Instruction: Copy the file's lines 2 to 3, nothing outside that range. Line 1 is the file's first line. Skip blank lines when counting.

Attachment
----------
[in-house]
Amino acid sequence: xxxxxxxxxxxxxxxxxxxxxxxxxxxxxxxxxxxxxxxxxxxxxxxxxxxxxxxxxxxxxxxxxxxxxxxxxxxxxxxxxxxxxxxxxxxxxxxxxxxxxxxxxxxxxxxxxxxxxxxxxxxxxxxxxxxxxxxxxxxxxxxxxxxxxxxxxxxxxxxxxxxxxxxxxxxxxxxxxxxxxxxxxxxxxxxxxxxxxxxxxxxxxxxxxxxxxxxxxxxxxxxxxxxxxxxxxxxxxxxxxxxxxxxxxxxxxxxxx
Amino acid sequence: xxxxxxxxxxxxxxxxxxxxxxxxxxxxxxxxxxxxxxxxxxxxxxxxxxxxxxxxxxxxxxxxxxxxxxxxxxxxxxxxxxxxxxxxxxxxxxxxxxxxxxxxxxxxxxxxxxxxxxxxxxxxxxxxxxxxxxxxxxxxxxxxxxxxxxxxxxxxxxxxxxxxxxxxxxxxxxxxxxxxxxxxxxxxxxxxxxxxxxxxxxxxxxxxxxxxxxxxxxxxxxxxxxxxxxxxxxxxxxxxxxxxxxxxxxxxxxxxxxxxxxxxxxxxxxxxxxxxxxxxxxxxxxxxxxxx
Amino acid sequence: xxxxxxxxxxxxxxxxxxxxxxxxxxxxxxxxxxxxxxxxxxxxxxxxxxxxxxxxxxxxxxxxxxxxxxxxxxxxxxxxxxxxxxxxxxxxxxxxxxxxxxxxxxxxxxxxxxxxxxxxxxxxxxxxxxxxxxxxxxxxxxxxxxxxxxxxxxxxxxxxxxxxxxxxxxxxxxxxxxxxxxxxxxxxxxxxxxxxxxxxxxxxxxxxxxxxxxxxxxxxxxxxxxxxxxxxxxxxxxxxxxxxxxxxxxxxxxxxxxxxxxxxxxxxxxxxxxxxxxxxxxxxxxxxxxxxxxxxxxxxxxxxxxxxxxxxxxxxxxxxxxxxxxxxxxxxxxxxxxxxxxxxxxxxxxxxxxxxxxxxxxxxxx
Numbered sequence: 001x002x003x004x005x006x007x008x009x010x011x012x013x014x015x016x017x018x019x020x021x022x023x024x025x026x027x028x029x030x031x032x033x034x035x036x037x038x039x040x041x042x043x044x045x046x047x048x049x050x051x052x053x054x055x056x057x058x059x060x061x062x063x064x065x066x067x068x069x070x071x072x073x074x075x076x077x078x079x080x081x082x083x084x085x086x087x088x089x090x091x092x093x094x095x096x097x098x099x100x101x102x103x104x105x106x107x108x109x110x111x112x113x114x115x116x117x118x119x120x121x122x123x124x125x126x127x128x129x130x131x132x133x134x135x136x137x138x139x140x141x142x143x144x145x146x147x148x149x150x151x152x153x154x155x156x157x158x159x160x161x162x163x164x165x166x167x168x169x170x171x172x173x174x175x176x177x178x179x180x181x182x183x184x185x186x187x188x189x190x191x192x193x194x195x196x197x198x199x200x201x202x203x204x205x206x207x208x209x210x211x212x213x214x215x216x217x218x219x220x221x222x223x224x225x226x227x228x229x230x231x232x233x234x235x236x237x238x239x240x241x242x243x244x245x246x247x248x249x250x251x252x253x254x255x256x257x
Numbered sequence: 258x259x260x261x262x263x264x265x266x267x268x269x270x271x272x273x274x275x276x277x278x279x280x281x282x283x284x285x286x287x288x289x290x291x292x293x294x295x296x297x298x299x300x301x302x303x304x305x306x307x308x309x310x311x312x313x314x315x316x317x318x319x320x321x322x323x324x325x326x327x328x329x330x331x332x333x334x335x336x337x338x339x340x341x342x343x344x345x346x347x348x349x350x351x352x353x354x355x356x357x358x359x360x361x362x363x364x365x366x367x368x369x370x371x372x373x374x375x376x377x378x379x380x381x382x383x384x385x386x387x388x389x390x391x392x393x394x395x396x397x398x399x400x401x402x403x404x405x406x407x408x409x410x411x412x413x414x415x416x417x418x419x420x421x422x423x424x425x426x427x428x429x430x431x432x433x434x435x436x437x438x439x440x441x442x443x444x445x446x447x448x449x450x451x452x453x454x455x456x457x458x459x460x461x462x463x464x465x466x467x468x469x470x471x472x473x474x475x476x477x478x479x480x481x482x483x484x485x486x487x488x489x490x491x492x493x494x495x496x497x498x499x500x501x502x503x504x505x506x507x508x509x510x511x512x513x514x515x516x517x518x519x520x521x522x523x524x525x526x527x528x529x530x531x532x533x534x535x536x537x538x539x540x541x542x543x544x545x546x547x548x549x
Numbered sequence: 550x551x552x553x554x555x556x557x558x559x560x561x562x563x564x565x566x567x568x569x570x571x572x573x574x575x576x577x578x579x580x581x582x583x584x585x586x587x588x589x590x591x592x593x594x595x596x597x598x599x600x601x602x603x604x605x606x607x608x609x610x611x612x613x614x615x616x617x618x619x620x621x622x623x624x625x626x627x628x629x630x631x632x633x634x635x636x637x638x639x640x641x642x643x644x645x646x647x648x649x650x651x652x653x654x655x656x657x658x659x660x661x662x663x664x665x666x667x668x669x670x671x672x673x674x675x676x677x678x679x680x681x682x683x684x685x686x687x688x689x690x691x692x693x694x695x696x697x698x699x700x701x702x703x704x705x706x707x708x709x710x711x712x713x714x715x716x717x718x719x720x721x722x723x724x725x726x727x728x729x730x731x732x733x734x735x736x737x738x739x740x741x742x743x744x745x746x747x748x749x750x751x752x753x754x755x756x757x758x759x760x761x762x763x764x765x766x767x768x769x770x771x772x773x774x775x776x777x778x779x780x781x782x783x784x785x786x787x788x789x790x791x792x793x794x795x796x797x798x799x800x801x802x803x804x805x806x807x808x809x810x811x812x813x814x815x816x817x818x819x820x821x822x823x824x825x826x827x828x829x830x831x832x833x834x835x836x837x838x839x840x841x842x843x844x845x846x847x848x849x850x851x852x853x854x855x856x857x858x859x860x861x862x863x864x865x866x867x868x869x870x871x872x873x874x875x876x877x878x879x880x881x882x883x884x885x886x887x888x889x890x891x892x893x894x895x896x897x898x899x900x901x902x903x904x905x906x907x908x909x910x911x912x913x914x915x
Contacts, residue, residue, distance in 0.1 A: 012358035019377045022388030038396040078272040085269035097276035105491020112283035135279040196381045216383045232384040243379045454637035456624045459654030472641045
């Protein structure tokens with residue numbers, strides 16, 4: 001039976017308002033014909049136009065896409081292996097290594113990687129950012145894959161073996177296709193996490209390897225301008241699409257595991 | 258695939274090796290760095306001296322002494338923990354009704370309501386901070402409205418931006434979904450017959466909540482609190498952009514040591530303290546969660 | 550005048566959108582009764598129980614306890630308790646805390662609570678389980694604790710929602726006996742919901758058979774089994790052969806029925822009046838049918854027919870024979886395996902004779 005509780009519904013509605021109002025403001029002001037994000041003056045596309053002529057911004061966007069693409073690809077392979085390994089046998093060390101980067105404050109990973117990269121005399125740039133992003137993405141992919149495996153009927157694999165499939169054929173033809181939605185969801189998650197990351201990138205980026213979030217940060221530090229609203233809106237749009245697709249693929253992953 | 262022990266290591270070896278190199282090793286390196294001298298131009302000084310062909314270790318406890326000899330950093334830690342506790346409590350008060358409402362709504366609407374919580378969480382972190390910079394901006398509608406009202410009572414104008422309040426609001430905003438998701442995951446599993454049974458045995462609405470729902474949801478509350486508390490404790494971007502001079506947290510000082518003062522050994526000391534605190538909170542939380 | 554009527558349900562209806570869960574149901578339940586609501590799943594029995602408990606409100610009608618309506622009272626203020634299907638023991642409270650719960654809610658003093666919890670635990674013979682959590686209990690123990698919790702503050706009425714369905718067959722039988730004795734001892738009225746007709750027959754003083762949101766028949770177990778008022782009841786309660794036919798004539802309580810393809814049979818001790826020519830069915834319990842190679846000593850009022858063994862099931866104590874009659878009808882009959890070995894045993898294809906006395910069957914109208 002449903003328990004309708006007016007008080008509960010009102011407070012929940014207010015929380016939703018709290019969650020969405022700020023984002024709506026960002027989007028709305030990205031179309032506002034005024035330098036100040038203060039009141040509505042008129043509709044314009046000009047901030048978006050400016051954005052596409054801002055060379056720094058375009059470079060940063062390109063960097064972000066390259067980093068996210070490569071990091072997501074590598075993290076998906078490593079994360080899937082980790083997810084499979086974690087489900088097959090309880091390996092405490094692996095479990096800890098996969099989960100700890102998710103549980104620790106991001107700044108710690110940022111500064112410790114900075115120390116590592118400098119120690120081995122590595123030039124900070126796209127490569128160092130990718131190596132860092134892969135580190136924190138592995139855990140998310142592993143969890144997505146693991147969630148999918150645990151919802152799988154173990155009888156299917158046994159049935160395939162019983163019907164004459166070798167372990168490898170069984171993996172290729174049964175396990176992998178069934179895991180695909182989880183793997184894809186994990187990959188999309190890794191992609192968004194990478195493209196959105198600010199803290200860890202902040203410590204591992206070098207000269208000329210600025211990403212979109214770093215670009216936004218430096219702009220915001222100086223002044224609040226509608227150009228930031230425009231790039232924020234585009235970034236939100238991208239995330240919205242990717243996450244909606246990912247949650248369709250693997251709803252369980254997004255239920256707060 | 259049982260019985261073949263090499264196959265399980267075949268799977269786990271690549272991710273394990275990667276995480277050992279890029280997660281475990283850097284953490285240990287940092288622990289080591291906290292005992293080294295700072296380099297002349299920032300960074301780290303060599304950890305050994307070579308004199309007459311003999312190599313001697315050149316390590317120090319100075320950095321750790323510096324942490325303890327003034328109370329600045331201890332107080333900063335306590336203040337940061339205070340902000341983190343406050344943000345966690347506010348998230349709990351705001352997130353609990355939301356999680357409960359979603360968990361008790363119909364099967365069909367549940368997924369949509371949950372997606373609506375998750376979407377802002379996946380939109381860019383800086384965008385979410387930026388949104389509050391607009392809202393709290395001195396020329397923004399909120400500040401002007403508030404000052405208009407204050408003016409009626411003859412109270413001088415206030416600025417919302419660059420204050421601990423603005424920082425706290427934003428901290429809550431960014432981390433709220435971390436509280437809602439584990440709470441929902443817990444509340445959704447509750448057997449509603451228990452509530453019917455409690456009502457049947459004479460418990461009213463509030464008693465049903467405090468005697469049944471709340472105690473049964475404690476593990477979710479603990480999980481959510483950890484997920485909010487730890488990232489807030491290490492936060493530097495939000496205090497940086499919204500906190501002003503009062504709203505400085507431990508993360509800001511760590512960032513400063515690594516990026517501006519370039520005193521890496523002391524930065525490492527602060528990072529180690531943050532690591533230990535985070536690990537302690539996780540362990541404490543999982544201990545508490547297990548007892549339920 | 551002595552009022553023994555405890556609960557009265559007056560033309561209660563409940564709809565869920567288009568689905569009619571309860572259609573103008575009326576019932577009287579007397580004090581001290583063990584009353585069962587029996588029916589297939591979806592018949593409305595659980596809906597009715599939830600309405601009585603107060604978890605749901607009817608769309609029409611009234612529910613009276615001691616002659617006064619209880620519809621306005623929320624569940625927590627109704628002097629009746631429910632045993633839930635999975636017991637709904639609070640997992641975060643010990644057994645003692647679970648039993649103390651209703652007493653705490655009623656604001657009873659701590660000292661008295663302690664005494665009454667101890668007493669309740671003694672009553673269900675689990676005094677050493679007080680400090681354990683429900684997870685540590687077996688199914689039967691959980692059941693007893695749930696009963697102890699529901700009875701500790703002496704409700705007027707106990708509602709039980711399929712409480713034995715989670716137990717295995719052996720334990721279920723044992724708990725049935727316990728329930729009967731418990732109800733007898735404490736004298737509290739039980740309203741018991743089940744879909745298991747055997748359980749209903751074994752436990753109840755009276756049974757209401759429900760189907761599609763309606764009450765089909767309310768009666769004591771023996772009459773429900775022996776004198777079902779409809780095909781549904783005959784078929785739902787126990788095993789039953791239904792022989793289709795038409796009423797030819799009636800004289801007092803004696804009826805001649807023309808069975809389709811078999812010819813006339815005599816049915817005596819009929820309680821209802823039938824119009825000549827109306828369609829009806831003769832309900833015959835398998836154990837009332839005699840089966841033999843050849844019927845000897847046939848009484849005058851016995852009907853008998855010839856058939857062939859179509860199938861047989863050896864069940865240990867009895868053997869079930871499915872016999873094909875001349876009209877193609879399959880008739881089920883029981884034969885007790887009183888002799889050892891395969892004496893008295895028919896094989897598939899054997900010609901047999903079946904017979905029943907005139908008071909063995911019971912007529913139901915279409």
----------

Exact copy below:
Amino acid sequence: xxxxxxxxxxxxxxxxxxxxxxxxxxxxxxxxxxxxxxxxxxxxxxxxxxxxxxxxxxxxxxxxxxxxxxxxxxxxxxxxxxxxxxxxxxxxxxxxxxxxxxxxxxxxxxxxxxxxxxxxxxxxxxxxxxxxxxxxxxxxxxxxxxxxxxxxxxxxxxxxxxxxxxxxxxxxxxxxxxxxxxxxxxxxxxxxxxxxxxxxxxxxxxxxxxxxxxxxxxxxxxxxxxxxxxxxxxxxxxxxxxxxxxxxxxxxxxxxx
Amino acid sequence: xxxxxxxxxxxxxxxxxxxxxxxxxxxxxxxxxxxxxxxxxxxxxxxxxxxxxxxxxxxxxxxxxxxxxxxxxxxxxxxxxxxxxxxxxxxxxxxxxxxxxxxxxxxxxxxxxxxxxxxxxxxxxxxxxxxxxxxxxxxxxxxxxxxxxxxxxxxxxxxxxxxxxxxxxxxxxxxxxxxxxxxxxxxxxxxxxxxxxxxxxxxxxxxxxxxxxxxxxxxxxxxxxxxxxxxxxxxxxxxxxxxxxxxxxxxxxxxxxxxxxxxxxxxxxxxxxxxxxxxxxxxxxxxxxxxx